FRANZ JOSEF, NEW ZEALAND
On March 26th, a major storm washed away a key highway bridge spanning the Waiho River at Franz Josef. The storm killed one person and caused millions of dollars in damage. A recap on the spectacular wipe out of the bridge:
Fast forward to this time, less than a month later, the same bridge has been put back to business and is open to traffic. Since the 13th of April, the major crossing has reopened to traffic and with that, a sigh of relief for businesses in and around the Franz Josef Glacier region, which had suffered an average of $3 million in losses daily. Many businesses in the area had considered closing down, especially as the region attracts up to 1.5 million tourists a year. Cars lined up on both ends at noon local time on the 13th as the multiple span bridge, featuring the same truss design as the one destroyed- the Bailey Truss- was reopened to traffic.
But in 18 days time?
While most crossings wiped out need 1-3 years of planning and reconstruction, this bridge rebuild was done thanks to planning and efforts by many key agencies, including the New Zealand army and its bridge planners. How this was done can be seen in the film below:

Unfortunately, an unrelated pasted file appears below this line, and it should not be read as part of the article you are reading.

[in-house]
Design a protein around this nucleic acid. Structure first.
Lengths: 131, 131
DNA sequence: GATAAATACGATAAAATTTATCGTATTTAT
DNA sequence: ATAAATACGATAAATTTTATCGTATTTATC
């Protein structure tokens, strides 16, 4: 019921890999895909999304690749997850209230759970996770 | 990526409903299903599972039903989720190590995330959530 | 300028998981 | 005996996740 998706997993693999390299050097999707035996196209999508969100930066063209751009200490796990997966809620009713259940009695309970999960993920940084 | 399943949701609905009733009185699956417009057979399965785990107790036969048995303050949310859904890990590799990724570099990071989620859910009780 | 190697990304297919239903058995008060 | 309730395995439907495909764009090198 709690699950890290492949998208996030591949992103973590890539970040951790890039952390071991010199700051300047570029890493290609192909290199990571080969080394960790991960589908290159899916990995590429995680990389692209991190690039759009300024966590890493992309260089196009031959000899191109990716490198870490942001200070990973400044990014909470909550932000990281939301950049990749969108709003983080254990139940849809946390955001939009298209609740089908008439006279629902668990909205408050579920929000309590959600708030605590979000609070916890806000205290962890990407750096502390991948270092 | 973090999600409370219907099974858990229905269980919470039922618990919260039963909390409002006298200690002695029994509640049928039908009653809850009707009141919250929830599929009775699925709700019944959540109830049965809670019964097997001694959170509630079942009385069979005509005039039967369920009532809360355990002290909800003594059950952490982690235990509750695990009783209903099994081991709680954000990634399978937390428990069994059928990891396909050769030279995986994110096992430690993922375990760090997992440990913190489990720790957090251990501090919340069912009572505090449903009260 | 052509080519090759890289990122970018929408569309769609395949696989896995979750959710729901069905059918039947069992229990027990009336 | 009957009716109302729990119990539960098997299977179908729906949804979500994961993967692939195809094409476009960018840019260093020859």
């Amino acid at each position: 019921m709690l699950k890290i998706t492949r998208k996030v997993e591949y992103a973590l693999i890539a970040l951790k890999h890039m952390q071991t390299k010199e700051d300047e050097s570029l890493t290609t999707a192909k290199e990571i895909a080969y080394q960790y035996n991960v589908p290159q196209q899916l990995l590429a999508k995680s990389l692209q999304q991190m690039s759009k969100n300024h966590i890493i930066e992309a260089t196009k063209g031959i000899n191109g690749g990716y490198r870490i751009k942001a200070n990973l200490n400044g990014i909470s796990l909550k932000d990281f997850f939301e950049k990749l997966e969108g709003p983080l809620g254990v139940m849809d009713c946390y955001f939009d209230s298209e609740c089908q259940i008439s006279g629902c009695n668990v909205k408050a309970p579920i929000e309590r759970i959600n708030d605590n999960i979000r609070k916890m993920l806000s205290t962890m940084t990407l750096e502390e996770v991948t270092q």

For a 300 meter long structure, it’s a feat that is for the books for the region, New Zealand and in the world of bridge engineering, one that will rake up some awards in the long term. 🙂
This pic of the week is a throwback to eight years ago and back to the States. Here, this photo was taken by chance on a hot and muggy day, as this gentleman does his run towards the Skunk River Bridge east of Ames, Iowa. The structure features two Warren trusses- one pony and one through, though the through truss bridge dates back to 1876, whereas the pony truss was added when the former was brought to this location in 1916. Since then, the bridge has served foot traffic and nothing beyond it. Shortly after the photo was taken, a thunderstorm came about, which meant the runner may have been looking for shelter, yet it is unknown.
If you were running and was caught in a thunderstorm at this site, what would your reaction be and what would you do? Feel free to comment. 🙂
If interested in knowing more about the bridges of Ames, check out this tour guide here.